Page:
Tuesday, November 11, 2008

EU Accession Must Be More Than 'Strategic'

From İhsan Dağı:
“Being strategically important will not make Turkey an EU member-country.” This was the warning from a friend of Turkey, Joost Lagendijk, the co-president of the EU-Turkey Joint Parliamentary Commission, published in a commentary by the Taraf daily last week.

This is a valuable comment to keep in mind. While there have always been strong advocates of the geopolitical argument on the Turkish side, it seems that there are some in Europe who are increasingly emphasizing Turkey’s strategic importance. What should be underlined is that those advocates of the geopolitical argument, both in Turkey and in Europe, are not really enthusiastic about Turkey’s accession to the EU. They are more than prepared to settle with a “special partnership” for Turkey.
The strategic thinking that works on the Turkish side maintains that if the EU really wants, it should take Turkey in without questioning the nature of its political regime. What those who ask for such an offer do not know is that the EU is not a strategic alliance but a union of values.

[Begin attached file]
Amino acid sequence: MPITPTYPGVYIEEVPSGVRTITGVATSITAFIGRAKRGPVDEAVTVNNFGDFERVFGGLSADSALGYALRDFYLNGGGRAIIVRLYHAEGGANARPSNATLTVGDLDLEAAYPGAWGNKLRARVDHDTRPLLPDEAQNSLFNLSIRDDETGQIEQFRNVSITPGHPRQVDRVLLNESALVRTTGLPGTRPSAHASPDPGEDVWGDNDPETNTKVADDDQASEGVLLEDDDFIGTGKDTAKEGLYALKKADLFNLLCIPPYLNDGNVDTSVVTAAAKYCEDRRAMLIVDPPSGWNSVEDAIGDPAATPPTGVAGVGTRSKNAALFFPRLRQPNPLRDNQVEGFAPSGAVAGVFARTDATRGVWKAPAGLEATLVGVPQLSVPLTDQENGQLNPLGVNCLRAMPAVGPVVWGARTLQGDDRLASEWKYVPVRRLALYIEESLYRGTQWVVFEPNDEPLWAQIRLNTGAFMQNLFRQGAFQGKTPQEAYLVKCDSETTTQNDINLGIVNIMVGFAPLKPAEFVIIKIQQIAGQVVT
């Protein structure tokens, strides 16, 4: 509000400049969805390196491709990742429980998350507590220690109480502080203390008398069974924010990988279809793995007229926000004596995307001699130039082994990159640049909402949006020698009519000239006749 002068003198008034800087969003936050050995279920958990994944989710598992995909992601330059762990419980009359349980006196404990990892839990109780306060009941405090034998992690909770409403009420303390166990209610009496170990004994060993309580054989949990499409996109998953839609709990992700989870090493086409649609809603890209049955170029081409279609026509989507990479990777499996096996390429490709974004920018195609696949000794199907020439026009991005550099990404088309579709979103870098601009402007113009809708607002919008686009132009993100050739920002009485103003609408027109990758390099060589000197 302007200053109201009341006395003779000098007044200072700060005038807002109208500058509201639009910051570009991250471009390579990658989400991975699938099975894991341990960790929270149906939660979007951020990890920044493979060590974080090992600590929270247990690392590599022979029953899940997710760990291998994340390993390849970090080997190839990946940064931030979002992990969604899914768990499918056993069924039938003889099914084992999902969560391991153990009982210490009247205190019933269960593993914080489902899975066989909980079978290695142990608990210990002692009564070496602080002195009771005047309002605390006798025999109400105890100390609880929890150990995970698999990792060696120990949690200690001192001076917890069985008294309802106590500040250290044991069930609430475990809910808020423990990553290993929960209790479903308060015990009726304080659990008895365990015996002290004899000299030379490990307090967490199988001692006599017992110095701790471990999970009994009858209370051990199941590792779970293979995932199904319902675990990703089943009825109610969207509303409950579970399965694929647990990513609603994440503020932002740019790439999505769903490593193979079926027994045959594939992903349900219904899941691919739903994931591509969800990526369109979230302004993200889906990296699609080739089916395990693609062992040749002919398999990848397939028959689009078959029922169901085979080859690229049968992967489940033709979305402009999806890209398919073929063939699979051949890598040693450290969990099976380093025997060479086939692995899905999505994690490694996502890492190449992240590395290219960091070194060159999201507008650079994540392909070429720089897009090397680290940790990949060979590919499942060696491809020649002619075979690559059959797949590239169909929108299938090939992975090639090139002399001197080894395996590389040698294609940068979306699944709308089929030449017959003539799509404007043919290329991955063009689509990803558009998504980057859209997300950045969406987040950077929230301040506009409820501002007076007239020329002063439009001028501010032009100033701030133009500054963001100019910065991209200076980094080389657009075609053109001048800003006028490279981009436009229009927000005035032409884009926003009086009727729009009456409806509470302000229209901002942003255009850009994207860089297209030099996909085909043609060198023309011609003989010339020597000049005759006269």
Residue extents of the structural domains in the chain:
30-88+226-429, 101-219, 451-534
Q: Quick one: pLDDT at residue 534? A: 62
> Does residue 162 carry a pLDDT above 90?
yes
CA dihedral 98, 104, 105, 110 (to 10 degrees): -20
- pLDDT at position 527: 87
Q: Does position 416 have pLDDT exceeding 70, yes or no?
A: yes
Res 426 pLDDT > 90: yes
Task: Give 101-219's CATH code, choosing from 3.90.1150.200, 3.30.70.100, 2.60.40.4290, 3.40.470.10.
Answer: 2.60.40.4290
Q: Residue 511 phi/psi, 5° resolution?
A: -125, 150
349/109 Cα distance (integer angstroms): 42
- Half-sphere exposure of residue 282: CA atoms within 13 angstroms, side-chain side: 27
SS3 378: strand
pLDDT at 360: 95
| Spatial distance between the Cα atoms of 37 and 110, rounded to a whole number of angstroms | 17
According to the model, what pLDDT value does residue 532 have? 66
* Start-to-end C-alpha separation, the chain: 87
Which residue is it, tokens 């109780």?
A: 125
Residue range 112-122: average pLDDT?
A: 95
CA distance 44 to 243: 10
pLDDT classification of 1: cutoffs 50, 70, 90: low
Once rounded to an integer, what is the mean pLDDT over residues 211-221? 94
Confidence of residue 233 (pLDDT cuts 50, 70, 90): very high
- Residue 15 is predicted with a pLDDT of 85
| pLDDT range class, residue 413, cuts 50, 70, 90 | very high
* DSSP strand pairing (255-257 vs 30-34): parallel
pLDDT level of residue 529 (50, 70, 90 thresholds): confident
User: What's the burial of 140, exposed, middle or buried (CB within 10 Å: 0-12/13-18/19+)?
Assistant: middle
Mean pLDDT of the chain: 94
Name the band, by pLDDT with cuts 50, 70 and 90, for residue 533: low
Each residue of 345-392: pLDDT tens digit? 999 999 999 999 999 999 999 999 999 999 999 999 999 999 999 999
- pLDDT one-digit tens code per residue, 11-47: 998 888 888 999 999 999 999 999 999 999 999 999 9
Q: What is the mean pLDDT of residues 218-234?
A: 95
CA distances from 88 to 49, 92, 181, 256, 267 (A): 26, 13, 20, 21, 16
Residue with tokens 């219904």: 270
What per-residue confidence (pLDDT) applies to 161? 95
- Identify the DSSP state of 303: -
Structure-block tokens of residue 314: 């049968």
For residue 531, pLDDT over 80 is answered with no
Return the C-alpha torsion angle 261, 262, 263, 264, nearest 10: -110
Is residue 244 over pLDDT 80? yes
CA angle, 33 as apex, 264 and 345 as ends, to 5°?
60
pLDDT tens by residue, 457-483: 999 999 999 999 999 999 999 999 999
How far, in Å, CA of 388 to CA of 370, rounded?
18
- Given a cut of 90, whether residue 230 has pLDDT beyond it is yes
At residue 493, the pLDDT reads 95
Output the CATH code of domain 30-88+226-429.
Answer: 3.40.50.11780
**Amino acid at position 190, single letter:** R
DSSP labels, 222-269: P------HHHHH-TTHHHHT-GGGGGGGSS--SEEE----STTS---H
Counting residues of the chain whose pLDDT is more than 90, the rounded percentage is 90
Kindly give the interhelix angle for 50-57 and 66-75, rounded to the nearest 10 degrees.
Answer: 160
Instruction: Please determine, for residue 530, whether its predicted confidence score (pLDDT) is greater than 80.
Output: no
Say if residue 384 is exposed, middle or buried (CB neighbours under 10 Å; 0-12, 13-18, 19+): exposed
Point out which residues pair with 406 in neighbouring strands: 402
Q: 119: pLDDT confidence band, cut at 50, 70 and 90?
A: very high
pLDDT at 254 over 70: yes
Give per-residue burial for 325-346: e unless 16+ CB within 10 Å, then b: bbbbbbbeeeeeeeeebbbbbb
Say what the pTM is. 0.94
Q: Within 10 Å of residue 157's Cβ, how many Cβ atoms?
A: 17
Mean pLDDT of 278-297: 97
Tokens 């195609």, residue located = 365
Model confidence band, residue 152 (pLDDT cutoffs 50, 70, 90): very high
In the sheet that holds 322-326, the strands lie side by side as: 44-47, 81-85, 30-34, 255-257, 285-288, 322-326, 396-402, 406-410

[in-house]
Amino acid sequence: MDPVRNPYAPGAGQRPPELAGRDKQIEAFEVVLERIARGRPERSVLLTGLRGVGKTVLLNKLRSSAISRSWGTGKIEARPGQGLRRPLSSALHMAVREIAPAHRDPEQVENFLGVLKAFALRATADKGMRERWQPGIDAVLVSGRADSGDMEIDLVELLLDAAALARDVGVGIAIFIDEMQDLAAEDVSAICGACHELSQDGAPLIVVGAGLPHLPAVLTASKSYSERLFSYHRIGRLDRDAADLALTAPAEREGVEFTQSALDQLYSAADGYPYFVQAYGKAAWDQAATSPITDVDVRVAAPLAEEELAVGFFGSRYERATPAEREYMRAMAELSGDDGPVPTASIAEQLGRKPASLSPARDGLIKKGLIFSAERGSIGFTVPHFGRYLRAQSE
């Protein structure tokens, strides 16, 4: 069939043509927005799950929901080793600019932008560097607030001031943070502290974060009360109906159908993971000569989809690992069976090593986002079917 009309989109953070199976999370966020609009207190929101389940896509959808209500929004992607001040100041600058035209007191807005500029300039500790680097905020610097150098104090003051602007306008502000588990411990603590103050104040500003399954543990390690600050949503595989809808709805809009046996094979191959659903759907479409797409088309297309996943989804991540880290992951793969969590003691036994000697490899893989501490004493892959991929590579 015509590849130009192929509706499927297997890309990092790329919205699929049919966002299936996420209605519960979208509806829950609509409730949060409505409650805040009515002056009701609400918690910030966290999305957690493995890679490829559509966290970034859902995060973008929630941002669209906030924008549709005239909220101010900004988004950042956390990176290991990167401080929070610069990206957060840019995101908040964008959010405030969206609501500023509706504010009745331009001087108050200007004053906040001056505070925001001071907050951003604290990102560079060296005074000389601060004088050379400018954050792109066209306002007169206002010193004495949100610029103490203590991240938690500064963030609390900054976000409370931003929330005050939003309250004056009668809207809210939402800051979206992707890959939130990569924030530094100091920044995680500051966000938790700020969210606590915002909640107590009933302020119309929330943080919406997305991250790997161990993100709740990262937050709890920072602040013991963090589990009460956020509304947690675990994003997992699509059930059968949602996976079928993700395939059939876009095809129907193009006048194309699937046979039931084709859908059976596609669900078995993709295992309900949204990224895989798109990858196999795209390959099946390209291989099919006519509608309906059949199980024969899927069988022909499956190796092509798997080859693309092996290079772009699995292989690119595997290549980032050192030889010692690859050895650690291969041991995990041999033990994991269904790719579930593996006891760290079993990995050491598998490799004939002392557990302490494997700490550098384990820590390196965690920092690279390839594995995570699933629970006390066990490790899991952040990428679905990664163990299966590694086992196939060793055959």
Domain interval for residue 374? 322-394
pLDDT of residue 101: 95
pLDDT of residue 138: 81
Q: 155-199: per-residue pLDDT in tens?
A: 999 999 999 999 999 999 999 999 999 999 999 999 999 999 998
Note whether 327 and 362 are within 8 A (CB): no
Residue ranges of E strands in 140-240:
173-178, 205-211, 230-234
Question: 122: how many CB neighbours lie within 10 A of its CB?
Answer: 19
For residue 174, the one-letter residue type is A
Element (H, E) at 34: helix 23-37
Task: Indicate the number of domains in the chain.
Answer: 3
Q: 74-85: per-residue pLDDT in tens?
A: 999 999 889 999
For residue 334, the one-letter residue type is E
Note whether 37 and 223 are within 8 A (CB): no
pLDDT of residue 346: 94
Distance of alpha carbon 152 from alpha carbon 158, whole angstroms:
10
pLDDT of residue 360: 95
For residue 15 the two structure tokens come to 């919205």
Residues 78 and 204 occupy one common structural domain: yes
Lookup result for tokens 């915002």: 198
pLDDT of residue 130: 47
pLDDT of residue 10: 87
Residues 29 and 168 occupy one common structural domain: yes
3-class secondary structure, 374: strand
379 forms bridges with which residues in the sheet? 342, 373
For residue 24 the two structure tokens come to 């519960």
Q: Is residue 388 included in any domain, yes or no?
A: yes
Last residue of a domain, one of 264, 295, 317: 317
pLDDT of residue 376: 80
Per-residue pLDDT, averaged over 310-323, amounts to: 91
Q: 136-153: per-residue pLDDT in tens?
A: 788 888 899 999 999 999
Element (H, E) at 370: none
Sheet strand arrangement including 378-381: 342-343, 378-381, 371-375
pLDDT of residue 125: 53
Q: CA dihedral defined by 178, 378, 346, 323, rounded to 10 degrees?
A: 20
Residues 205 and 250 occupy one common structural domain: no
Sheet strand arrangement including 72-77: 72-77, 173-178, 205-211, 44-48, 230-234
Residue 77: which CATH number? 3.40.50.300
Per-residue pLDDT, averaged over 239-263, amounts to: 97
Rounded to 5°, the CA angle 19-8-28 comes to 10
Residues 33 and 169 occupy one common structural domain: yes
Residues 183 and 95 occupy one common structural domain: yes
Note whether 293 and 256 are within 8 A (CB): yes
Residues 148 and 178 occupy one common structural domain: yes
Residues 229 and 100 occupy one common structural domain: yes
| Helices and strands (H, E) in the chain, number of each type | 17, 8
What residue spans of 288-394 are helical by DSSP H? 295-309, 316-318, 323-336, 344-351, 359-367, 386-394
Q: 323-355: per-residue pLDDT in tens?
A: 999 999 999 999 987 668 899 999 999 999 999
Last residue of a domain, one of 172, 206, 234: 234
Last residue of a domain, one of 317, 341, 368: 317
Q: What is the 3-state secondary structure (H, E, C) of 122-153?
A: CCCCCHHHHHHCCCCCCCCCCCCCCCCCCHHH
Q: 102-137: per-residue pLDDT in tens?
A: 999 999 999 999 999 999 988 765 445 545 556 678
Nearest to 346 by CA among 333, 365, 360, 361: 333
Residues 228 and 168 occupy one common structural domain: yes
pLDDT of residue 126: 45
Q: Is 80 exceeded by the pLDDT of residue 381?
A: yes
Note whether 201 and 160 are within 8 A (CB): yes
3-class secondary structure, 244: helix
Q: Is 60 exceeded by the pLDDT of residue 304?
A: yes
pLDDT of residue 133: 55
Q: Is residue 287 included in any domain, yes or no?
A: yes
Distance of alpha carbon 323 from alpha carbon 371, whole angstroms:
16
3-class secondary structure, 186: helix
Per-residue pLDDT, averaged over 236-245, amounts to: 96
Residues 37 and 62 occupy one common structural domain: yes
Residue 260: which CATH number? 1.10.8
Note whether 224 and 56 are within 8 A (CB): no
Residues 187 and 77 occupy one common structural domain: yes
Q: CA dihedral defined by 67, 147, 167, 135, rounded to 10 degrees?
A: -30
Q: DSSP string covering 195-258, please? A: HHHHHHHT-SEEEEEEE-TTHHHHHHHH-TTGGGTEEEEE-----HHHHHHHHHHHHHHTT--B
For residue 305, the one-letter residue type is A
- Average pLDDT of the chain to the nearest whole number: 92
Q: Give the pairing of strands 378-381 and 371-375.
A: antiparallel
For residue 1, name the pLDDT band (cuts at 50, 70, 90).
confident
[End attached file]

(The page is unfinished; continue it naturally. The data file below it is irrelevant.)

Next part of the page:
Even an alliance like NATO has in the post Cold War era developed a set of political values as the basis of the alliance, thus going beyond strategic cooperation. If Turkey asked for NATO membership today, I doubt very much that it would be qualified to be a member.

The Common Foreign and Security Policy (CFSP) is an important aspect of the EU’s institutional and political cooperation. Yet, since the Maastricht Treaty, signed in 1992 between members of the European Community, one of the objectives of the CFSP has been to promote and consolidate democracy, human rights and the rule of law worldwide.
For full article, click here. See my analysis of EU accession as transforming domestic institutions (Sept. 16 post).

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